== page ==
Globalizing science

Adventures in Ethics and Science

Category archives for Globalizing science

In the July 18, 2008 issue of Science, I noticed a news item, “Old Samples Trip Up Tokyo Team”: A University of Tokyo team has retracted a published research paper because it apparently failed to obtain informed consent from tissue donors or approval from an institutional review board (IRB). Other papers by the same group…

In an earlier post, I looked at a research study by Nelson et al. [1] on how the cognitive development of young abandoned children in Romania was affected by being raised in institutional versus foster care conditions. Specifically, I examined the explanation the researchers gave to argue that their work was not only scientifically sound…

The Neurocritic alerted me, in a comment on an earlier post, to a pair of papers in the 21 December 2007 issue of Science that raise some difficult ethical questions about what sorts of research are permissible. Quoth the Neurocritic: This may be a little off-topic, but I was wondering if you read this article…

The One Laptop Per Child program’s Give One Get One promotion (which I blogged about back in November) has been extended through the end of December 31 (today!!). If you’re in the U.S. or Canada, for $399 ($200 of which is tax deductible) you can donate a spiffy new and super-cool XO laptop to a…

I just found out about something cool for which the window of opportunity closes in eleven days: Through November 26, the One Laptop Per Child project has a Give One Get One deal (in the U.S. and Canada) wherein you can donate a spiffy new and super-cool XO laptop to a child in a developing…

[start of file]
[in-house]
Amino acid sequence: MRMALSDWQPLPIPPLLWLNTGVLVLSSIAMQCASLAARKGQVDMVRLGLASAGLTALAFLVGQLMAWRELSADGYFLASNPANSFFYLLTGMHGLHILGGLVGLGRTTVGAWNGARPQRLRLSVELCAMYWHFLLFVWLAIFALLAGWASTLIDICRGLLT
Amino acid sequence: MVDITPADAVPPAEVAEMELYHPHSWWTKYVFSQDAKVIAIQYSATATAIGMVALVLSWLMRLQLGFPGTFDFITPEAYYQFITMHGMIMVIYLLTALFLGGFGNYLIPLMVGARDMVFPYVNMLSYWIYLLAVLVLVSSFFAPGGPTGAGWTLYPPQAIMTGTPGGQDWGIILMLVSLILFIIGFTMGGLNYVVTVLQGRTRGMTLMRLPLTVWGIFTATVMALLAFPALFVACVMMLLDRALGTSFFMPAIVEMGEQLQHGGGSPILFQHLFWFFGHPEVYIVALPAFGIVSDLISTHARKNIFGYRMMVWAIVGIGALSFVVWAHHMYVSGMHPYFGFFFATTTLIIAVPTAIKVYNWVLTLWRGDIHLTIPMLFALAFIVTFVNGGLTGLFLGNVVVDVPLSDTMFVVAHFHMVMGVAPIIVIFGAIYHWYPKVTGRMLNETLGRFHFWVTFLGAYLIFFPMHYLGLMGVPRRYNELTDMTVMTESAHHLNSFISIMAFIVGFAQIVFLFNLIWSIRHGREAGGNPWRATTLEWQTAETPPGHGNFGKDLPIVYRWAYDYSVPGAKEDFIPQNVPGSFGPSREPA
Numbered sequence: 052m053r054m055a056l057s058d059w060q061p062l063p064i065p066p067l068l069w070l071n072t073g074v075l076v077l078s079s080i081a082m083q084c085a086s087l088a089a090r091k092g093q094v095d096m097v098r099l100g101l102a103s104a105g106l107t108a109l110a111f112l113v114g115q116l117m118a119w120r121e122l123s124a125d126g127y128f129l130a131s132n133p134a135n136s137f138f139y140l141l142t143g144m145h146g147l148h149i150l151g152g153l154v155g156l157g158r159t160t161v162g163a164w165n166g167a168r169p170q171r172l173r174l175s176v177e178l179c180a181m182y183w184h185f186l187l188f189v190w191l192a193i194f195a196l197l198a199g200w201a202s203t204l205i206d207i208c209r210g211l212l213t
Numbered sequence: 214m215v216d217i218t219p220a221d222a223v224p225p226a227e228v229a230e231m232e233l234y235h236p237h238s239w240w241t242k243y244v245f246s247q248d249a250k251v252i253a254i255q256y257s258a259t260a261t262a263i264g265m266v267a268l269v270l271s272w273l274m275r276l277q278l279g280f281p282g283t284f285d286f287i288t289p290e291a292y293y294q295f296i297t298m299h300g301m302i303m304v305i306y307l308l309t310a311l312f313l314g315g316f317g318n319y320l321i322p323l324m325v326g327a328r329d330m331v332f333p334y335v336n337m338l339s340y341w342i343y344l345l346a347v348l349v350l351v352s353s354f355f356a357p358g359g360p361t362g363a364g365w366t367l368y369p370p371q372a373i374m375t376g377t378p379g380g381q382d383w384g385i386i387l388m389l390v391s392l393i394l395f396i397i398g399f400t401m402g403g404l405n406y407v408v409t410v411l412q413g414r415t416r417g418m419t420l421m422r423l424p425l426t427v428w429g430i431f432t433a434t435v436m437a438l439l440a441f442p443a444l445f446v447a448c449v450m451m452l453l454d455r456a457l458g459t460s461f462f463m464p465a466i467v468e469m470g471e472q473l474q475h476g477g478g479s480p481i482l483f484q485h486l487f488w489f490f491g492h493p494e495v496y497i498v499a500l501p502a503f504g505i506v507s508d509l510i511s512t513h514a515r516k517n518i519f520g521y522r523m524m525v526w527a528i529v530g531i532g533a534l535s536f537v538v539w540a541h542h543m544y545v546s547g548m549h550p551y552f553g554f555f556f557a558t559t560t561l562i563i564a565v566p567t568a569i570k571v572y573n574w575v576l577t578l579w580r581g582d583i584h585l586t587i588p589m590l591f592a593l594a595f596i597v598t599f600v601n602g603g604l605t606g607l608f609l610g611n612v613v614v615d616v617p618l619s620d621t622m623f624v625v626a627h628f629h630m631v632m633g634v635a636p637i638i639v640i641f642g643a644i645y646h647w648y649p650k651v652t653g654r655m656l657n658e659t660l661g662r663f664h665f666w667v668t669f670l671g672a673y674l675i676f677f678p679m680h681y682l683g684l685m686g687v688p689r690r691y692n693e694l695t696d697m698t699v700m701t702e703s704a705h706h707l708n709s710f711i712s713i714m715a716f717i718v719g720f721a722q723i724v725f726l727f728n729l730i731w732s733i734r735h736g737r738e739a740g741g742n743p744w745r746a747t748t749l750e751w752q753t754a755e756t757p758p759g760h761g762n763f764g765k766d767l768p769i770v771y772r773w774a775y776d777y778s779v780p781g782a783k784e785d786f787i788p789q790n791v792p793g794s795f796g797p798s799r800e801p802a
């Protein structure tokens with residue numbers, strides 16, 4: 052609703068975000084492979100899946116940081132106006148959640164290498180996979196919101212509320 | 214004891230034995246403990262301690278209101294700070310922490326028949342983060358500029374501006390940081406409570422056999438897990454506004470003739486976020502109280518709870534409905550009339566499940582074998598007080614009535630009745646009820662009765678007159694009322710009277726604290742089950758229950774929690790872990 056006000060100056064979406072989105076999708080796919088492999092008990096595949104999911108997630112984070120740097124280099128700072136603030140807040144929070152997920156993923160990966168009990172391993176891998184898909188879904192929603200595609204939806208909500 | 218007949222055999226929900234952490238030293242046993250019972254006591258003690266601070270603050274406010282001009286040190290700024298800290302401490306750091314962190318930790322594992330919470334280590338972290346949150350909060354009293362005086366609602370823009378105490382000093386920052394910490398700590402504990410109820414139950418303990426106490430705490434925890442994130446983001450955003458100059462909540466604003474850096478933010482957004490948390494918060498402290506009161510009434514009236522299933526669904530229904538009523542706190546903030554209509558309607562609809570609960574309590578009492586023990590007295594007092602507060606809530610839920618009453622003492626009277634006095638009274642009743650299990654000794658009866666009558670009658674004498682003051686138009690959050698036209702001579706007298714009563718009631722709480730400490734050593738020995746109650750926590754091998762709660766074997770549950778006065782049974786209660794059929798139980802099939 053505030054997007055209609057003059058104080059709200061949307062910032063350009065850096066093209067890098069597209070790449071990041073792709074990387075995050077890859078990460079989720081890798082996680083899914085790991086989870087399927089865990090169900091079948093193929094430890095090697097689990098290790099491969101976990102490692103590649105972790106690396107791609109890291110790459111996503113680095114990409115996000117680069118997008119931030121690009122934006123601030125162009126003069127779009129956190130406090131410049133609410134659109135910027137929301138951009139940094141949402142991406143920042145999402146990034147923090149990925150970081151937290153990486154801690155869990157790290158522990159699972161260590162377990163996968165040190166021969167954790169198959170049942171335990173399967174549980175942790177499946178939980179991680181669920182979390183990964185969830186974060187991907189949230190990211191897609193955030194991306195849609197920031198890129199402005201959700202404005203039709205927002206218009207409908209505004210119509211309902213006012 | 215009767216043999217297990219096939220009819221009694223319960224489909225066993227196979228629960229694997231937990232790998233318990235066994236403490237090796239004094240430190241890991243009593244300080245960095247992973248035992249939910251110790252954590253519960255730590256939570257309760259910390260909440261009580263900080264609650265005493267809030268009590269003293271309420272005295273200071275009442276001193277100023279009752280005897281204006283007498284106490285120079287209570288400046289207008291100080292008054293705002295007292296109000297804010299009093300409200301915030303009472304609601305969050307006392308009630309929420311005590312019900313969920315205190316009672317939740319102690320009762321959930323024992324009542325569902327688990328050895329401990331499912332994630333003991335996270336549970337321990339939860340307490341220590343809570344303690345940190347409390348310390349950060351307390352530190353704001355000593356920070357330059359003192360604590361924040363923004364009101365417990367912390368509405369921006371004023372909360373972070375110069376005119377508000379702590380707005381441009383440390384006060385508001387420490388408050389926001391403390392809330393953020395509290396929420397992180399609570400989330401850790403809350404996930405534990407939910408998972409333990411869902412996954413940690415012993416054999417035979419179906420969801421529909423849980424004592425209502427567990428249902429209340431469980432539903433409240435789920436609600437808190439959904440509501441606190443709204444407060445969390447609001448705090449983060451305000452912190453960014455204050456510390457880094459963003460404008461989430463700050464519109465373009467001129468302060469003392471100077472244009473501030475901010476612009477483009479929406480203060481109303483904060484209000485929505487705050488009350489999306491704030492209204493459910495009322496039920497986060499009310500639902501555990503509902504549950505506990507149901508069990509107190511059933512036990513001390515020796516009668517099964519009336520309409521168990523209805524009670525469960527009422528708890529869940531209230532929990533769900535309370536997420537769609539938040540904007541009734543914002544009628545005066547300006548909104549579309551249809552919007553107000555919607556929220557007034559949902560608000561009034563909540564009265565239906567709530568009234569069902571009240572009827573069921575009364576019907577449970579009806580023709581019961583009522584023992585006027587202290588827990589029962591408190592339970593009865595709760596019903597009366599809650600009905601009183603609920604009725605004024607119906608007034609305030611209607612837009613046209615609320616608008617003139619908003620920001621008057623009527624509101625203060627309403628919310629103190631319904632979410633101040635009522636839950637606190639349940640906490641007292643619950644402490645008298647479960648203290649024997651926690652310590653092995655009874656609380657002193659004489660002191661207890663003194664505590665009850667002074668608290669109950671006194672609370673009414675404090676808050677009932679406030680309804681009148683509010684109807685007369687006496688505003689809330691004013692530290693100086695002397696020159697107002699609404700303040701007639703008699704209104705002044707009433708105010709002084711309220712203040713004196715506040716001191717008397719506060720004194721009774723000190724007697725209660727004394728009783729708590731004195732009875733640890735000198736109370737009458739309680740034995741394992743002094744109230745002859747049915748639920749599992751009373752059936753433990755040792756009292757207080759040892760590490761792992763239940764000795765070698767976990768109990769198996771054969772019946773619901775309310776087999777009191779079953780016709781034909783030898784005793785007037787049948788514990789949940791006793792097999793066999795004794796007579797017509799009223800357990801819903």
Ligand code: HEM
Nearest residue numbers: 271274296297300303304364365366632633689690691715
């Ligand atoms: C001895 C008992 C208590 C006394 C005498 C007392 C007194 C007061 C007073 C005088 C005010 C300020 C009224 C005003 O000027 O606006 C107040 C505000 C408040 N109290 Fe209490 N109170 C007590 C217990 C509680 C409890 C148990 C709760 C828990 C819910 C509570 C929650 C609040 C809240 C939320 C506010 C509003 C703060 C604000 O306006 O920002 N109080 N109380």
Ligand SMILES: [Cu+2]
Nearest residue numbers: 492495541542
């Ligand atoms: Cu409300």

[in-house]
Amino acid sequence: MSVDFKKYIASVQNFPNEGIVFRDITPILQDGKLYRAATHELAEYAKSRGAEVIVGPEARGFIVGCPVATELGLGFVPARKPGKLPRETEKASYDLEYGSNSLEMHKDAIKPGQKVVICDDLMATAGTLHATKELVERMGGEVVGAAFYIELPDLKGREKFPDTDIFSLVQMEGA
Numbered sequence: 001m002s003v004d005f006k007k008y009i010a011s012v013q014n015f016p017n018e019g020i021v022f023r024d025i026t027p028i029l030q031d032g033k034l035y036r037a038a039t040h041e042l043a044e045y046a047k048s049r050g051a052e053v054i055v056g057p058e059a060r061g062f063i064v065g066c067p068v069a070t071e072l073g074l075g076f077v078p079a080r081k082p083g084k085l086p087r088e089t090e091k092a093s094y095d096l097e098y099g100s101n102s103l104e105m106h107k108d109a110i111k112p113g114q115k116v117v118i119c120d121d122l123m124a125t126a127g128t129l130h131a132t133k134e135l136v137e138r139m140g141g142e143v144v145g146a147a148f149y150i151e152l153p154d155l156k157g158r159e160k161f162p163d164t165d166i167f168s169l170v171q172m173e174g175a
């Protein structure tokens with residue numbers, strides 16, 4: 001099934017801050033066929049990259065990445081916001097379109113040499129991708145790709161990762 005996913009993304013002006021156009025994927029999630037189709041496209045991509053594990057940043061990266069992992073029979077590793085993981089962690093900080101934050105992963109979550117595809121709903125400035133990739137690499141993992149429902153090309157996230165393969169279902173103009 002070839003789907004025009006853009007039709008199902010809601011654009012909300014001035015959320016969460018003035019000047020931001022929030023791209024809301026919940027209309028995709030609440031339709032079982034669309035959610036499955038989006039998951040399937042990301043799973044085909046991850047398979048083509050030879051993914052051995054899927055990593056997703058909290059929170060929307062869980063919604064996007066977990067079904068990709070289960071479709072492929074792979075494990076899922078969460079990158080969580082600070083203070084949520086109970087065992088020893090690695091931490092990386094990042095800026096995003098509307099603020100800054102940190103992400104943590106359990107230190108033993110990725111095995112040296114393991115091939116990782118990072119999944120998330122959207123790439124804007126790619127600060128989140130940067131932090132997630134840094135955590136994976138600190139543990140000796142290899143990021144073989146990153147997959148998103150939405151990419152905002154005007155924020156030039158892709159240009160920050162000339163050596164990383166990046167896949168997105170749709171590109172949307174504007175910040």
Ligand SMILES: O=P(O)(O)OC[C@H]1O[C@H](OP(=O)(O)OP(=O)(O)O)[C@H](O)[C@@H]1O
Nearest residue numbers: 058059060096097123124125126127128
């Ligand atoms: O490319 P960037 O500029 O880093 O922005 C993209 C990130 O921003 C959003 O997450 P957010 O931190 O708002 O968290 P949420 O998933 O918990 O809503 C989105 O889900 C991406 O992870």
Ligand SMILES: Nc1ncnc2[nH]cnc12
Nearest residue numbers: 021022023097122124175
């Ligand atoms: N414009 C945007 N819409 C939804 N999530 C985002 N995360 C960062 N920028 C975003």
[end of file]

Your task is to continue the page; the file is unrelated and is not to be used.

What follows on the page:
In the July 16 issue of Chemical & Engineering News (secure behind a paywall), the article “FBI Reaches Out to Campuses” [1] caught my attention. The gist of it is that academic scientists are increasingly the targets of foreign espionage, where the stakes have less to do with national security than potentially huge economic losses.…

Almost a year ago, I learned about the case of the Tripoli six, five Bulgarian nurses and a Palestinian physician in Libya sentenced to death for infecting hundreds of children with HIV despite the fact that the best scientific evidence indicated that the children were infected due to negligence in the hospital well before these…

Only a few days out from the 19 December verdict in the Tripoli 6 case, it’s hard not to come to the conclusion that the Bush administration honestly couldn’t be bothered that Libya shows every sign of being ready to execute foreign healthcare workers who the scientific evidence indicates did not commit the crime with…

You may remember the plight of the Tripoli Six (also known as the Benghazi Six), the physician and five nurses on trial in Libya for infecting 400 children in the hospital where they were working with HIV even though there is overwhelming evidence that the most likely route of infection was poor hospital hygeine, probably…

As Revere notes, the trial of the Tripoli six is scheduled to resume on October 31. This means the time for serious action is now. As Mike Dunford points out, If you want to do something more than just get mad, if you want to try to change things, you will need to do more…